Candidates spending the big bucks; A1
By Garren Shipley
(Daily Staff Writer)
The 2005 gubernatorial race is now the most expensive on record.
Republican Jerry Kilgore and Democrat Tim Kaine dumped millions of dollars into media buys in the second half of October, all but emptying out their massive, record-breaking war chests in a dash to Election Day.
This year’s race for the governor’s mansion bests the mark set in 2001 by Gov. Mark R. Warner and Mark Early by $3.7 million with less than two weeks to go, according to figures from the Virginia State Board of Elections.
Collectively Kaine, Kilgore and independent candidate state Sen. H. Russell Potts Jr., R-Winchester, had raised $37.9 million as of Oct. 26, with more money flowing in.
Kilgore’s campaign is on a pace to break the individual fundraising record set by Warner. At the end of the reporting period, Kilgore’s campaign had raised $19 million.
Warner raised a total of $20.2 million, including $4.7 million from his own pocket.
Kaine isn’t far behind. Warner’s 2001 running mate had $17.6 million in contributions to his name as of the last week of October.
Neither campaign showed any signs of slowing its fundraising during the last pre-election reporting period, either.
Kaine raked in another $3 million, Kilgore $4.4 million. Spending, however, reached what appears to be a peak.
Both men have spent the vast majority of their funds during the October reporting period on broadcast advertising.
Kilgore paid out some $5.9 million to Texas-based Scott Howell and Company, in addition to more than $3.7 million paid out to the media consulting and production group previously.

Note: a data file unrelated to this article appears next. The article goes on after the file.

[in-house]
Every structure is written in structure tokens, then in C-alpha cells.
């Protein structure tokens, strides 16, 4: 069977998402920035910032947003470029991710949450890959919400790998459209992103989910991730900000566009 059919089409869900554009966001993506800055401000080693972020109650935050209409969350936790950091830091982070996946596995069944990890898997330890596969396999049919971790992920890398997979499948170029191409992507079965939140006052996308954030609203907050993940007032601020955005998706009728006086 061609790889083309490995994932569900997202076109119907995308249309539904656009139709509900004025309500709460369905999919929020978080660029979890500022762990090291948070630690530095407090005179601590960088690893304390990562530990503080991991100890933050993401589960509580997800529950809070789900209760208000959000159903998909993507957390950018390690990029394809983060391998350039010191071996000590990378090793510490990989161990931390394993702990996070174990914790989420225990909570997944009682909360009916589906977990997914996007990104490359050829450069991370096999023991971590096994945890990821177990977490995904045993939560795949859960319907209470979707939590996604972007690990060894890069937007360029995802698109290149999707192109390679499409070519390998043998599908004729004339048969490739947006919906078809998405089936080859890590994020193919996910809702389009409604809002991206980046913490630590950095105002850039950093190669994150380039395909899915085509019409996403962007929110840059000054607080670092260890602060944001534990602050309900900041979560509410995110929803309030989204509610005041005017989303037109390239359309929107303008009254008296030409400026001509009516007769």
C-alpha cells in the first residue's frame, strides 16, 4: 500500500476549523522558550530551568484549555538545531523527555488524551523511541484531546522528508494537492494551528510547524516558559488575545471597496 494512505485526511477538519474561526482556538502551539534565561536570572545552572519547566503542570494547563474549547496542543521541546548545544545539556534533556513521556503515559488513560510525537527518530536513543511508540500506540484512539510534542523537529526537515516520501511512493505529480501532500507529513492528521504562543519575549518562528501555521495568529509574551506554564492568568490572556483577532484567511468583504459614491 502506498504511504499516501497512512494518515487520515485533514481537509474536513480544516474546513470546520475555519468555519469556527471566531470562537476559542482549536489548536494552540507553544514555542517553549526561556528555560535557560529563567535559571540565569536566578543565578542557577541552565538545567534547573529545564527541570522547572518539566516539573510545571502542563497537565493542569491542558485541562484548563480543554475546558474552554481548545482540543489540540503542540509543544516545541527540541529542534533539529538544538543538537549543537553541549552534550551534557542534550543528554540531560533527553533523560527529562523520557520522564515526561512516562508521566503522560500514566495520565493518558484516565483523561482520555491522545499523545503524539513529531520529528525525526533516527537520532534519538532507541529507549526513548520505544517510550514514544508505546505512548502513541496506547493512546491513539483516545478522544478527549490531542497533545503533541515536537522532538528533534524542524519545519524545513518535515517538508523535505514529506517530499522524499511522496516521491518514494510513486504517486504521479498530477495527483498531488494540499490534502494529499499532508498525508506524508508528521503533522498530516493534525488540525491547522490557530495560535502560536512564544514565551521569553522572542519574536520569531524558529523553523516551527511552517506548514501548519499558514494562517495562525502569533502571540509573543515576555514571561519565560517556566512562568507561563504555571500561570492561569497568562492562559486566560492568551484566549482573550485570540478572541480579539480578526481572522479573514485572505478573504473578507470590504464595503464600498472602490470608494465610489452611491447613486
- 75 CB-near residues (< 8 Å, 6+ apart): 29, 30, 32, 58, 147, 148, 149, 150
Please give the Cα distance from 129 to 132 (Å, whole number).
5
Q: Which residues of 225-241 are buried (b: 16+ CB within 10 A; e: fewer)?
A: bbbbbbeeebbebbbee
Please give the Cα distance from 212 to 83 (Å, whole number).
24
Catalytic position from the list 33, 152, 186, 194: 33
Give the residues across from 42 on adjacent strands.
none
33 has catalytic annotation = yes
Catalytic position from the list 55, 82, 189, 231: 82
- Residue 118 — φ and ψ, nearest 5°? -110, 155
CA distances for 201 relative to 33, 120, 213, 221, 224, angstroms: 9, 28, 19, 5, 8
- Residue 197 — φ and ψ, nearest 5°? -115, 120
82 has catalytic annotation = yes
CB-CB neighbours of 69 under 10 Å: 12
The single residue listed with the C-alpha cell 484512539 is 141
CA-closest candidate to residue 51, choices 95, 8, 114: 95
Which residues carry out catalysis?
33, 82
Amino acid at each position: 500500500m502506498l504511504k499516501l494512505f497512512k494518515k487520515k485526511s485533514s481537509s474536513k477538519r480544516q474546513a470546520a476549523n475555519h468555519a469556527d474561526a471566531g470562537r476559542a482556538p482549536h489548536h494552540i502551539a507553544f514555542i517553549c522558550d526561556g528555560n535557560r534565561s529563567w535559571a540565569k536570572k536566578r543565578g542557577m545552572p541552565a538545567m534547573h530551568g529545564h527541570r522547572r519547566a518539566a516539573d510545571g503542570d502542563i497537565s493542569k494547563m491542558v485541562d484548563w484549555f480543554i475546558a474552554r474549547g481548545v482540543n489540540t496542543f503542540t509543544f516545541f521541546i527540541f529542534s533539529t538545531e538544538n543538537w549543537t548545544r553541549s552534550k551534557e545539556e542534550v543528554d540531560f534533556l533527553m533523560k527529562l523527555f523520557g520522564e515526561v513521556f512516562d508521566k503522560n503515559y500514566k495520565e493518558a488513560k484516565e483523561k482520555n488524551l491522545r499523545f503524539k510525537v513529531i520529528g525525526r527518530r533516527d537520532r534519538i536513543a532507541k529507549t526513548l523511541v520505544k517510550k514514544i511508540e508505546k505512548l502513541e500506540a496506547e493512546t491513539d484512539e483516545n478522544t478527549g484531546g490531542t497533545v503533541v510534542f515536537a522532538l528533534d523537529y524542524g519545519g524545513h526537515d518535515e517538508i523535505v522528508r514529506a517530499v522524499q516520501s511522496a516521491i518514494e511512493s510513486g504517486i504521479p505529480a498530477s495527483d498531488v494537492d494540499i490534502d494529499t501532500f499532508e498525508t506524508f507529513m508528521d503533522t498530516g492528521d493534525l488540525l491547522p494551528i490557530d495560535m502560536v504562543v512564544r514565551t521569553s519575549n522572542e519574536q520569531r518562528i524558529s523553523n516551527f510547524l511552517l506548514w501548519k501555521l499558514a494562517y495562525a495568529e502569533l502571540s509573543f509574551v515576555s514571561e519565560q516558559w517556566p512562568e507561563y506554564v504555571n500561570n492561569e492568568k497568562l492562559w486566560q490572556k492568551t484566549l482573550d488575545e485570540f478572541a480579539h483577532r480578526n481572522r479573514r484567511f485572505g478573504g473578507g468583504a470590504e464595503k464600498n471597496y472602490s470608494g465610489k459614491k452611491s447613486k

Democrat Kaine paid out even more this period, some $7.89 million during the first 26 days of October, primarily to Media Strategies and Research of Fairfax. Camp Kaine had previously paid $3.4 million to the firm for ad production and media buys.
As a result, both party-backed campaigns have largely depleted their war chests.
Kaine had a little over $700,000 left on hand as of last week, Kilgore a tick under $900,000. Both still have more on hand than Potts, who took in another $57,600 in October.
His campaign also spent a substantial sum on media, but orders of magnitude less than the GOP and Democratic tickets — $23,961 went to Minnesota-based North Woods Advertising, the advertising firm behind former Minnesota Gov. Jesse Ventura’s successful bid.
Further down the ticket, the numbers are much more modest, but the patterns are similar, although some contenders finished the period much closer to zero than their opponents.
Lieutenant governor candidates Republican Bill Bolling and Democrat Leslie Byrne have largely burned through their war chests, spending about $600,000 each.
Bolling has a little more than $200,000 left, while Byrne has about $60,000.
Republican attorney general candidate Bob McDonnell raised more than $1.18 million during the period, but spent more than $1.9 million, leaving some $87,000 for the final push.
The campaign also reported after the filing deadline that it had received an in-kind donation of some $800,000 for media buys from the Republican State Leadership Committee.
McDonnell’s opponent, Democrat R. Creigh Deeds, spent about $1 million in October and finished with $526,000 on hand.
All candidates are required to report donations larger than $1,000 from now until the election within 24 hours of receipt.
Election Day is Tuesday.